Find durable bath toys
Flashing lights and beeping sounds are tempting, but ultimately wasteful. The sounds and lights wont last long and for bath toys, changing batteries is not really an option without breaking the waterproofing. It means after not too long you’re left with a clunky piece of plastic that doesn’t do what the kids expecting.
Look for bath toys that inspire
The best toys don’t just deliver fun on a plate, they inspire your kids to make their own fun. Inspiration toys help kids play creatively, teaching them things they didn’t know before and giving them skills to use in other games and areas of their lives. This is why we’re a big fan of sensory toys which you can read more about here.
Use sustainable bath toys
We probably get through too many toys per child and the environmental impact is not good. One thing to explore is hiring or renting toys for your kids. Alternatively, choosing wooden toys or toys made from recycled material is a great way to keep things more sustainable. They tend to be simpler toys, but they’re great for inspiring creative play.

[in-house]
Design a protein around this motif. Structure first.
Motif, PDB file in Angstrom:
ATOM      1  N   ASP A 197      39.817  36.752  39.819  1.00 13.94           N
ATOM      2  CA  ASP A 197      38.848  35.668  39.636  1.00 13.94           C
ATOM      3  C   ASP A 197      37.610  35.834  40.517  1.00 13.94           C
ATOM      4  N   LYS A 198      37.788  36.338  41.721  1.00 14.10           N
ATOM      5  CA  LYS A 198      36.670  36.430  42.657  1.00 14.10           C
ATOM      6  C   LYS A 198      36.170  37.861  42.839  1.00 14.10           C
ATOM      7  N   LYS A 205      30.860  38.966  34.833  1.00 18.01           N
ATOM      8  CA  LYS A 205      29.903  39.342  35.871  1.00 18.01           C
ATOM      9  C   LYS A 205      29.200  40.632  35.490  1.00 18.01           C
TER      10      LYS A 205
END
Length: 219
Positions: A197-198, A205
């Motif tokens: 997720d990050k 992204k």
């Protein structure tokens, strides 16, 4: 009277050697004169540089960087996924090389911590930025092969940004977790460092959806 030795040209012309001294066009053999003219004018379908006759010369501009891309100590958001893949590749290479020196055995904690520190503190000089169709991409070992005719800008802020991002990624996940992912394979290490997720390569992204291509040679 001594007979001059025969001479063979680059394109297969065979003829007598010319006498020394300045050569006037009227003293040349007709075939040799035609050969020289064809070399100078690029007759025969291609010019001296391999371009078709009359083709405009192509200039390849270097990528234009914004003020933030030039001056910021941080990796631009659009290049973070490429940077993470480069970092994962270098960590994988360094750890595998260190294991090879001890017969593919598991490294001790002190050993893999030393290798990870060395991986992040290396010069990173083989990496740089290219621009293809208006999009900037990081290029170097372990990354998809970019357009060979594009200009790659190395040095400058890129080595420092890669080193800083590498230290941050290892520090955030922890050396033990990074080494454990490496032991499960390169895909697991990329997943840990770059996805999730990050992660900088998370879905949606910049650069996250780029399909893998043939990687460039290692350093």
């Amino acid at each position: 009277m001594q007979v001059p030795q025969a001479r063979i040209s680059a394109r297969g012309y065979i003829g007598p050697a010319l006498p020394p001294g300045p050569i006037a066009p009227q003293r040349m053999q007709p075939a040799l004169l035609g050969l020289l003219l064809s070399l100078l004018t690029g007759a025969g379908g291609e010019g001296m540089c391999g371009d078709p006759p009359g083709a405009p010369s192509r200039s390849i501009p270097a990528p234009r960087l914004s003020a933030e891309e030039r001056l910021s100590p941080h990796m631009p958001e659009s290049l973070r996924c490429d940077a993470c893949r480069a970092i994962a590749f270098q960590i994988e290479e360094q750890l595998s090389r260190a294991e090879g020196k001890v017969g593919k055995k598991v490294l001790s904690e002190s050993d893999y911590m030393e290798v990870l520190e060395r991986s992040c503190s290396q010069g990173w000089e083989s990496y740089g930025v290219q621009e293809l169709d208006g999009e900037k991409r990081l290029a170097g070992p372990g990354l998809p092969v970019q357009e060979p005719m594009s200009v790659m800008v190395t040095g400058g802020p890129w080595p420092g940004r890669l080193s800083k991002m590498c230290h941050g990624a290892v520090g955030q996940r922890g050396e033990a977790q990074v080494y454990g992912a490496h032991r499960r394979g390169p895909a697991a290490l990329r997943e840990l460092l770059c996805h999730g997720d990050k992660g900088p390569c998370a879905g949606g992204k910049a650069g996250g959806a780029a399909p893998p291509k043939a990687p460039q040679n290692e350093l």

Get creative with your bath toys
A toy isn’t something you buy from a shop. It really is anything that kids will play with and kids can really play with anything given some encouragement. Whether it’s taking some safe plastic or silicone items from the kitchen (think jugs, cups, spatulas and spoons) or encouraging them to clean the bath with the sponges they’ve already got, it’s all great for engagement. It’s why our Pebbl brush is so popular – a simple bath brush that get’s kids cleaning themselves is entertainment enough.
7 of the best bath times for kids
We’re always talking about these guys, it’s just a shame they’re not more widely available in the UK. Soft foam shapes to make DIY boats, space rockets and dinosaurs fit the bill perfectly of inspiring toys for kids. Great for slightly older kids too, they’re the perfect way to encourage fun filled bath times with minimal clutter and maximum creativity.